W3C home > Mailing lists > Public > www-voice@w3.org > January to March 2013

RE: Guarding against infinite loops and other poorly-designed machines

From: Michael Bodell <bodell@247-inc.com>
Date: Thu, 7 Feb 2013 02:27:52 +0000
To: Gavin Kistner <phrogz@me.com>, "www-voice@w3.org" <www-voice@w3.org>, "www-voice@w3.org" <www-voice@w3.org>
CC: Chris Nuernberger <chrisn@nvidia.com>
Message-ID: <99155A875ACA0F41BDE9B4DA3E307426119A9717@HKNPRD0310MB350.apcprd03.prod.outlook.com>
My personal take is that yes there is a difference between a state machine that hanks and one that tries for an illegal configuration.  While it is reasonable for an interpreter implementation to put limits on this sort of thing (infinite loops), it is a legitimate state machine despite the fact that it may never terminate.  If you have a time based counter, for instance, that adds one each time through the state machine loop while sleeping for a second it might be reasonable that this machine never terminates but just keeps the counter growing ever bigger (seconds since the epoch if you will).  In contrast, a state machine that tries to go to an illegal configuration (in both states a and b where a and b are leaf states in the same parallel sub-region) is not a legitimate state machine.

Other web programming standards that I'm familiar with (primarily VXML and HTML) also don't limit what legitimate programs can do (infinite JS loops and the like), partially I think in the same spirit, partially because no one wants to have to solve the halting problem to be compliant.  But browsers and OS allow certain mechanisms to stop (or offer a dialog to stop) when content is consuming too many resources or has turned into a "Not responding" situation.  I think that is the right model to use.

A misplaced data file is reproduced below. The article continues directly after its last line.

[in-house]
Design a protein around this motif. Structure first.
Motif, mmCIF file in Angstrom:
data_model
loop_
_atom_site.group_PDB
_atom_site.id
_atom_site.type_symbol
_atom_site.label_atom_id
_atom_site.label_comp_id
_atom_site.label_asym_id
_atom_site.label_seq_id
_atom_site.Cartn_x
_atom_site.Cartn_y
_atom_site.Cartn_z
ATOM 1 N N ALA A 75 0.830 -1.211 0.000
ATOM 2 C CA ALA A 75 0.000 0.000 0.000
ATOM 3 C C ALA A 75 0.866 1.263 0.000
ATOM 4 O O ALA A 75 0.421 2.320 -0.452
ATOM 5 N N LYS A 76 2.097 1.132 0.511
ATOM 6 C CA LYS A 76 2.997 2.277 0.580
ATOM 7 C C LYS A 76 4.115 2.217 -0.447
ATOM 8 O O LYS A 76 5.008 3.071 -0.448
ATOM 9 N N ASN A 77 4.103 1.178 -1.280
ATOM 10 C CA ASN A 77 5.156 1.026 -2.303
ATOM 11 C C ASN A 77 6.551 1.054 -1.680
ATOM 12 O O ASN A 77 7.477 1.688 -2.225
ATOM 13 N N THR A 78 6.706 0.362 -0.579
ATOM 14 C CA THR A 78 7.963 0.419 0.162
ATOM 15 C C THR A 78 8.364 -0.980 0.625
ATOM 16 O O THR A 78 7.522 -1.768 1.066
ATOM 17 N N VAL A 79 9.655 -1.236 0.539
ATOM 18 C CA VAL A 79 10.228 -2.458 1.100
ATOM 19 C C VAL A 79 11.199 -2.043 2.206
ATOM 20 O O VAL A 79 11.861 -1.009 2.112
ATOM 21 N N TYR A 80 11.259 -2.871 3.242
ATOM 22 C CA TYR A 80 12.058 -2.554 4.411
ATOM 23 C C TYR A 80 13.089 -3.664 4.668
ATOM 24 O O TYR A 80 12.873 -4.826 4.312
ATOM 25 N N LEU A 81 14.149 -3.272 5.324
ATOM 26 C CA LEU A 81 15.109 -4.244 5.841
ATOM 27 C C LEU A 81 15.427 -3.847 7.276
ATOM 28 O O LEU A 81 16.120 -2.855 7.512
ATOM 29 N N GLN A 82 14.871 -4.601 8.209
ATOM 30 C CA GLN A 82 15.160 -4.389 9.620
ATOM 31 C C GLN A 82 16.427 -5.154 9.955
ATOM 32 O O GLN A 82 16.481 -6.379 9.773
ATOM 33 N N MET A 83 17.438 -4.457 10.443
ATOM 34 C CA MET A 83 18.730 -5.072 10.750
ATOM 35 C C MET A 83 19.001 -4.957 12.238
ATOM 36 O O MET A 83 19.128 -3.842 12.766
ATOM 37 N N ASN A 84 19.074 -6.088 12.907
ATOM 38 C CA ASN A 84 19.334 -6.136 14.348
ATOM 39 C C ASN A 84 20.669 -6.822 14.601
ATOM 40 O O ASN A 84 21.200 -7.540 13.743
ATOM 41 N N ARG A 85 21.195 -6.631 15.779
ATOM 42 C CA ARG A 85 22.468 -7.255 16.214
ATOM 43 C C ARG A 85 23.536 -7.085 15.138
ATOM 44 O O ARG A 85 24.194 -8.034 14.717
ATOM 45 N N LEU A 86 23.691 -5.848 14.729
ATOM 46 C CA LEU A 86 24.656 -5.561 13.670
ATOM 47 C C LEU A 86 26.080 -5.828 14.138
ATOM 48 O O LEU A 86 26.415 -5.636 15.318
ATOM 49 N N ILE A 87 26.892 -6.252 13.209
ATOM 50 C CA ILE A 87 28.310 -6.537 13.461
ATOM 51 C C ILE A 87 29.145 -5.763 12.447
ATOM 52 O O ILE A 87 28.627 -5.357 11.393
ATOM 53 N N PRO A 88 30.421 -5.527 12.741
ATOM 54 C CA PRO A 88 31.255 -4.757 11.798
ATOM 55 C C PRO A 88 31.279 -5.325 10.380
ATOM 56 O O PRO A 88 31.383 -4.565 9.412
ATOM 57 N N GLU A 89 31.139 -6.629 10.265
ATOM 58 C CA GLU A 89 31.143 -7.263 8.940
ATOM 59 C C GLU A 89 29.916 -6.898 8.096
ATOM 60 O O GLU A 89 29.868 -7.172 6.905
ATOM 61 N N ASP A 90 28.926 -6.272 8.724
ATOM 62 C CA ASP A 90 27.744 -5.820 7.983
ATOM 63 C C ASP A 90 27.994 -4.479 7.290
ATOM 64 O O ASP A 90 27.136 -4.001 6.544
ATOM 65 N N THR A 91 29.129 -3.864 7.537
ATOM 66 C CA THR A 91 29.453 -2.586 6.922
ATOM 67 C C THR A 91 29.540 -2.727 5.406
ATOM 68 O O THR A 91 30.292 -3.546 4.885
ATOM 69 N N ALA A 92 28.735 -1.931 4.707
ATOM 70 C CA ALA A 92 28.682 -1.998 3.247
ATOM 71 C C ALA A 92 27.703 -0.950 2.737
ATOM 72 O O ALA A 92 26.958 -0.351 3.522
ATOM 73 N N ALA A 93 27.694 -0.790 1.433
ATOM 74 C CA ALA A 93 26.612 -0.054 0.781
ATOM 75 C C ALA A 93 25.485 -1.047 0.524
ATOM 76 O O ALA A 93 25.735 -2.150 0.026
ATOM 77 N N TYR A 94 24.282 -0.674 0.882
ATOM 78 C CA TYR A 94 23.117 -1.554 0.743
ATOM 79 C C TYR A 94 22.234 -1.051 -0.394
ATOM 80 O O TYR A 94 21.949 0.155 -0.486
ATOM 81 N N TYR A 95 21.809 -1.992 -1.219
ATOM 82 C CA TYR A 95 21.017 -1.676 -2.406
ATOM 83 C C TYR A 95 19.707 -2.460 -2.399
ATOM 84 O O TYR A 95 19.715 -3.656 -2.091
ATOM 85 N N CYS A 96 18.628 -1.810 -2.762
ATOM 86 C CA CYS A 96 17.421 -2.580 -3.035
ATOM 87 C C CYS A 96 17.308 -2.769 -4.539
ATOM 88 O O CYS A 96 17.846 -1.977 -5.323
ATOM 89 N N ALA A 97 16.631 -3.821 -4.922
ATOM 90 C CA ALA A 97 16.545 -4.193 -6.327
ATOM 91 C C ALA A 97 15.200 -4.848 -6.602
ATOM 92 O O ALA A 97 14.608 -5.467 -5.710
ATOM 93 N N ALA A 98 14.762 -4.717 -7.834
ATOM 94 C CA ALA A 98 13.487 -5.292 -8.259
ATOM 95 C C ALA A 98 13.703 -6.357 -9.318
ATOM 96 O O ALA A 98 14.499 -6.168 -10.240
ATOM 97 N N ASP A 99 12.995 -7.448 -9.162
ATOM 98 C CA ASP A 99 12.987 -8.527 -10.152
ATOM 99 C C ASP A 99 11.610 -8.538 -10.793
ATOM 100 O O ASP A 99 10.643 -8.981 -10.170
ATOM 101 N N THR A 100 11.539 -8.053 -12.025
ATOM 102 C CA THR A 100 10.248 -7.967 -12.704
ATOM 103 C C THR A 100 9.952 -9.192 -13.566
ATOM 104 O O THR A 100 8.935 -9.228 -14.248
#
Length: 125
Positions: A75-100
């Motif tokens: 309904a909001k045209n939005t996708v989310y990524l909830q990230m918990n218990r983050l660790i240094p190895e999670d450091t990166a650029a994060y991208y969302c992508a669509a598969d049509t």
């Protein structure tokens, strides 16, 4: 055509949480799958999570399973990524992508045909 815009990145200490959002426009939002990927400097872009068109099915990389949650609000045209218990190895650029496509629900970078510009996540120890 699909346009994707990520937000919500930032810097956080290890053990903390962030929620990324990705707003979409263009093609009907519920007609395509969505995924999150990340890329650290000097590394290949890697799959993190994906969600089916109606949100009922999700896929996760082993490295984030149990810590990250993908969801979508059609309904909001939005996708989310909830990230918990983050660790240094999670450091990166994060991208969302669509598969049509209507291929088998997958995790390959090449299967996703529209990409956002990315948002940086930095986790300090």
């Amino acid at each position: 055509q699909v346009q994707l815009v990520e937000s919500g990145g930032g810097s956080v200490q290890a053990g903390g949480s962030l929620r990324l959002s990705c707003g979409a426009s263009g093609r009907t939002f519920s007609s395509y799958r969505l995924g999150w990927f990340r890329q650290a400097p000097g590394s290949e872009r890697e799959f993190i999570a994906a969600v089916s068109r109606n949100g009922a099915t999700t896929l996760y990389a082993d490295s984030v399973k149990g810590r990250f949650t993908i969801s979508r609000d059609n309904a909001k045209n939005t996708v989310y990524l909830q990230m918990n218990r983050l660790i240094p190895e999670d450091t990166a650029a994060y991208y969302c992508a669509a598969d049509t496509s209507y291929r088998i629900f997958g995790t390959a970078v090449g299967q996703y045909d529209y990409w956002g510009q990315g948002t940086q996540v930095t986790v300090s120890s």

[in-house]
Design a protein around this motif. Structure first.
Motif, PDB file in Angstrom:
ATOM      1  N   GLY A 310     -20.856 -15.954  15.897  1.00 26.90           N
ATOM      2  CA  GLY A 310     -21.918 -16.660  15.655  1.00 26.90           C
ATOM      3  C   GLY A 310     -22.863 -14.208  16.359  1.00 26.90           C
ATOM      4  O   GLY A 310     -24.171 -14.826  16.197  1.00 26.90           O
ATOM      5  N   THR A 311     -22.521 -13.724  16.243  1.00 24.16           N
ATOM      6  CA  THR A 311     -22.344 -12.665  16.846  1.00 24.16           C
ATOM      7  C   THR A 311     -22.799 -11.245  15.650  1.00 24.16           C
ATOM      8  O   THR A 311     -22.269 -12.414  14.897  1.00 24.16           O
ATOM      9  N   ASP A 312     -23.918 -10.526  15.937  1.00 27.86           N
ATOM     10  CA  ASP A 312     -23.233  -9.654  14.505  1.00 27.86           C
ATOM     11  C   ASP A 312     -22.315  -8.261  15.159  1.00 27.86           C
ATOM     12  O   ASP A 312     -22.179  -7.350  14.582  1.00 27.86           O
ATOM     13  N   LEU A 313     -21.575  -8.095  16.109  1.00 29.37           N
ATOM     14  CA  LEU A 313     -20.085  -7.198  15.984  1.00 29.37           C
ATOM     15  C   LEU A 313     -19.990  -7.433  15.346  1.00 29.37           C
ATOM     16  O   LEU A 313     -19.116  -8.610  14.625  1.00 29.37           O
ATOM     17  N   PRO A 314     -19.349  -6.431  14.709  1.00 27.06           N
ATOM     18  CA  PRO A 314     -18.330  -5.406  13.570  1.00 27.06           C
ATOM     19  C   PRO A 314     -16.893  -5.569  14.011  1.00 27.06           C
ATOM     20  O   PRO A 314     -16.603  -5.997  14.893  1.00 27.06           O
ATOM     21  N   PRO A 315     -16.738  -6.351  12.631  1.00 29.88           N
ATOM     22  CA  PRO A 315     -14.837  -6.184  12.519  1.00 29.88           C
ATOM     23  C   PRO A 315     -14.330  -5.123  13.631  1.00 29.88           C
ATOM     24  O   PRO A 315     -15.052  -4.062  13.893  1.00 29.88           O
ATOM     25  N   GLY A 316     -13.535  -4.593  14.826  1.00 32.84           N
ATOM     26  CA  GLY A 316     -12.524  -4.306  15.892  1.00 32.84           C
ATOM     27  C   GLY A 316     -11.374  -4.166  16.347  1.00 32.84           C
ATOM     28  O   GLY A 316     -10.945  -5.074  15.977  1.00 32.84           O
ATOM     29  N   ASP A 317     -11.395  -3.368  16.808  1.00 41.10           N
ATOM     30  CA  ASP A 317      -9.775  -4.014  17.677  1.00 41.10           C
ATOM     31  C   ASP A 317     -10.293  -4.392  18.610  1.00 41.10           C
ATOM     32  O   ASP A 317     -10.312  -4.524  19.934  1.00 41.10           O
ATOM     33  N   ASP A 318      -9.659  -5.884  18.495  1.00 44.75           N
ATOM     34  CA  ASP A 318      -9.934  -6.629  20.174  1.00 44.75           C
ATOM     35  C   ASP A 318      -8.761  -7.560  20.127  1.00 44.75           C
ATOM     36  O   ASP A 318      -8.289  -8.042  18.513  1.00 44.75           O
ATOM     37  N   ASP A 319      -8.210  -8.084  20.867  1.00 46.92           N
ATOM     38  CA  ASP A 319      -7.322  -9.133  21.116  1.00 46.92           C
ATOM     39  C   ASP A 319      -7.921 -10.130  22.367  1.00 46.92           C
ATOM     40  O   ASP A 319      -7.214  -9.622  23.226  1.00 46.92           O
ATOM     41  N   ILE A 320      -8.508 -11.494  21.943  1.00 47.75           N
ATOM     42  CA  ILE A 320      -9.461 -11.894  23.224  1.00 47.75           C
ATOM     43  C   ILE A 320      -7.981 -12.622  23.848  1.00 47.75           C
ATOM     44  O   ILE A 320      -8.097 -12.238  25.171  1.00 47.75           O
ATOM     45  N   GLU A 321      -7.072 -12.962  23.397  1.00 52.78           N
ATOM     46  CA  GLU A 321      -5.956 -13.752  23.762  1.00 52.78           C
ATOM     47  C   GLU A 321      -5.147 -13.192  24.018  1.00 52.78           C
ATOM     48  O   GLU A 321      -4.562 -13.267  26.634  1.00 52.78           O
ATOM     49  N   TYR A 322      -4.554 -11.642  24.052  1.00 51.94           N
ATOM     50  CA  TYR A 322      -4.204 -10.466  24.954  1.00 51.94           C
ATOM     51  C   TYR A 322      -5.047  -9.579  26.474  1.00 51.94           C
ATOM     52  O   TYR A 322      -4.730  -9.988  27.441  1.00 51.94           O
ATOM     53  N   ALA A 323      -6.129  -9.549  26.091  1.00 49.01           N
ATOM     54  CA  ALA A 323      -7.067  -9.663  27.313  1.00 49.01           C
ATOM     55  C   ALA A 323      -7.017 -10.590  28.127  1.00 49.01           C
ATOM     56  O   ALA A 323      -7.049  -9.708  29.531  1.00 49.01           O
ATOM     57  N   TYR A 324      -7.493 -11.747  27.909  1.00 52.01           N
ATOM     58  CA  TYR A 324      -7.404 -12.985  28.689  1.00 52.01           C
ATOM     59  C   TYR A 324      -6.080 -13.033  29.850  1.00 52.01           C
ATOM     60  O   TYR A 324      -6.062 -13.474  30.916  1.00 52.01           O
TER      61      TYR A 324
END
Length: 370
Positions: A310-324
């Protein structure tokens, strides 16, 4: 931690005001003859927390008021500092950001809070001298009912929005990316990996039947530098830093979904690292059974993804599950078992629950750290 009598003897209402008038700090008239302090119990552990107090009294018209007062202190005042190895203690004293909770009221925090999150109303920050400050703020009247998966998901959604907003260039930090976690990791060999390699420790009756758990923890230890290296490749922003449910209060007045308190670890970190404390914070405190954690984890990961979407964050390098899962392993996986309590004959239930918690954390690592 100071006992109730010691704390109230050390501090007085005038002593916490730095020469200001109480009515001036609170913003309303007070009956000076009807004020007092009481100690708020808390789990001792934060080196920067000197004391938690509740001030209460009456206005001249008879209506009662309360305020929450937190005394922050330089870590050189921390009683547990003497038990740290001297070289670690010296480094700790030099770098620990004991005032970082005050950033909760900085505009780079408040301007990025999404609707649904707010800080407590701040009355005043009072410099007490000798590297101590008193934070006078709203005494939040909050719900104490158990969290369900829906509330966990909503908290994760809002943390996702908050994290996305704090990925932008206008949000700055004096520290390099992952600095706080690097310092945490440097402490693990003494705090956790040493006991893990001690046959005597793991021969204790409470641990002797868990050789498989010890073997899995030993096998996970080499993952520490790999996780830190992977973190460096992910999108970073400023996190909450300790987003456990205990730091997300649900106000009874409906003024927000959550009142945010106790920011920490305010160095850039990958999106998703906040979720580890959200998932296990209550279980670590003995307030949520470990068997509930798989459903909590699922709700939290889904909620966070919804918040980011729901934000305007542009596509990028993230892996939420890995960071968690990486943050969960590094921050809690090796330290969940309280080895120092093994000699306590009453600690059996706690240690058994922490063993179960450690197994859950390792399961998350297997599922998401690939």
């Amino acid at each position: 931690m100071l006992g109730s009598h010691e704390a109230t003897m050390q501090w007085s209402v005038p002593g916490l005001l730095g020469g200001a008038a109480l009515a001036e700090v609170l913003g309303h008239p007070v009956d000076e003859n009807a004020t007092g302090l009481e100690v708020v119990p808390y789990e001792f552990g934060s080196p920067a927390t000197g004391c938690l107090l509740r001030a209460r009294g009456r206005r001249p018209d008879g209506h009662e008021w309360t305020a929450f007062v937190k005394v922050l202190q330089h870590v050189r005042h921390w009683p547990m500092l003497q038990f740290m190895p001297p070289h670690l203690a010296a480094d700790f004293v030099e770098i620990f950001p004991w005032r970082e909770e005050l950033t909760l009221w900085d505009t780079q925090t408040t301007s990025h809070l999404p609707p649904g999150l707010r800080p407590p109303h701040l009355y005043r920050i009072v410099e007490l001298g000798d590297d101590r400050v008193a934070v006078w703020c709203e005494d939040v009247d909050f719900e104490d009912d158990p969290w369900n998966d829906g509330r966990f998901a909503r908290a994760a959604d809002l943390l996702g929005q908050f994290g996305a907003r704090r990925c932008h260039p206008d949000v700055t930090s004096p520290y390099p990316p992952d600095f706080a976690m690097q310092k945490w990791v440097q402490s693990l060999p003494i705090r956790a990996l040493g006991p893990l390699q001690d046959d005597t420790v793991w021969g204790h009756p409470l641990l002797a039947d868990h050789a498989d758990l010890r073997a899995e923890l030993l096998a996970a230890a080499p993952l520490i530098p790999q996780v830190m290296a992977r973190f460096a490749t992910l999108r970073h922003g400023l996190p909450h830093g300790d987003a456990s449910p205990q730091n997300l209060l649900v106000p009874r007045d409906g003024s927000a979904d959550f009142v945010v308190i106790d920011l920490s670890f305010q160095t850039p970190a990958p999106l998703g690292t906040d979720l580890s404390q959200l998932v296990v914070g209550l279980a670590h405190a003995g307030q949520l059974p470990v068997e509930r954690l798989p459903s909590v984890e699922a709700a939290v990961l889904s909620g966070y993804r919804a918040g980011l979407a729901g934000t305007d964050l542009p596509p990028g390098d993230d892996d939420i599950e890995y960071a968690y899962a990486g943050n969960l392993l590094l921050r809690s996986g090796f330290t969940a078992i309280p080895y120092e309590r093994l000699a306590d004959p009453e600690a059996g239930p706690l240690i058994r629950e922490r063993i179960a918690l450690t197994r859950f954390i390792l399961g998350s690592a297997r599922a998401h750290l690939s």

From: Gavin Kistner [mailto:phrogz@me.com]
Sent: Wednesday, February 06, 2013 2:58 PM
To: www-voice@w3.org; www-voice@w3.org
Cc: Chris Nuernberger
Subject: Guarding against infinite loops and other poorly-designed machines

Consider this terrible machine:

<scxml xmlns="http://www.w3.org/2005/07/scxml" version="1.0">
  <state id="a">
    <onentry><raise event="e"/></onentry>
    <transition event="e" target="a1" />
    <state id="a1"/>
  </state>
</scxml>

Because the transition defaults to external, the interpreter exits state 'a' and re-enters it each time the transition runs. This causes a new event to be placed on the internal queue. As a result, the mainEventLoop gets stuck in the "while running and not stable" internal queue processing.

My own implementation happens to place a counter on this loop: "while running and not stable and iterations < MAX_ITERATIONS".

Is it the official position of the group that there are a variety of ways to write a dumb state machine, and neither the standard algorithm nor the validity constraints will attempt to prevent them?

Having written it, this seems like a question with an obvious answer. Of course we aren't going to guard against someone writing <script>while(true) explode()</script>

However, the "valid value" for the "target" attribute of transitions, along with section 3.11, already go to some lengths to explicitly declare as invalid any set of targets that would put the machine in an invalid configuration. If we are not going to guard against one form of broken/silly state machine, why do we try to guard against another? Is it considered more acceptable to have an interpreter that may hang (given a broken input) versus an interpreter that enters an illegal configuration (given a different broken input)?
Received on Thursday, 7 February 2013 02:28:26 GMT

This archive was generated by hypermail 2.2.0+W3C-0.50 : Thursday, 7 February 2013 02:28:32 GMT